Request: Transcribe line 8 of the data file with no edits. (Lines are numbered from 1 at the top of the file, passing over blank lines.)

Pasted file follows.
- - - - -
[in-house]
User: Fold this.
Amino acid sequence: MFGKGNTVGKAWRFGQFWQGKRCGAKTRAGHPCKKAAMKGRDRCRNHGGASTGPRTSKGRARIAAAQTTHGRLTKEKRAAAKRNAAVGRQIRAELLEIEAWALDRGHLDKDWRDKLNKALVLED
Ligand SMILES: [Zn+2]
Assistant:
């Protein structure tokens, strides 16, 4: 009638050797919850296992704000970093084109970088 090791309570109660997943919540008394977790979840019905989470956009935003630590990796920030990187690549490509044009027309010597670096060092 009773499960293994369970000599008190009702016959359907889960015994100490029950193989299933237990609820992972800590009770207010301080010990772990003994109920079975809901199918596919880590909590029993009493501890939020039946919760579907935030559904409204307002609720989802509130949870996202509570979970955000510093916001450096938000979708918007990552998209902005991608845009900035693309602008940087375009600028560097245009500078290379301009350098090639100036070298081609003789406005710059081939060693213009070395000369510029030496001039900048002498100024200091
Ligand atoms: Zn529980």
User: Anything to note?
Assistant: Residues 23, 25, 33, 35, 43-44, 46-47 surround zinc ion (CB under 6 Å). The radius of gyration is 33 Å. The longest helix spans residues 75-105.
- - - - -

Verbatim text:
User: Anything to note?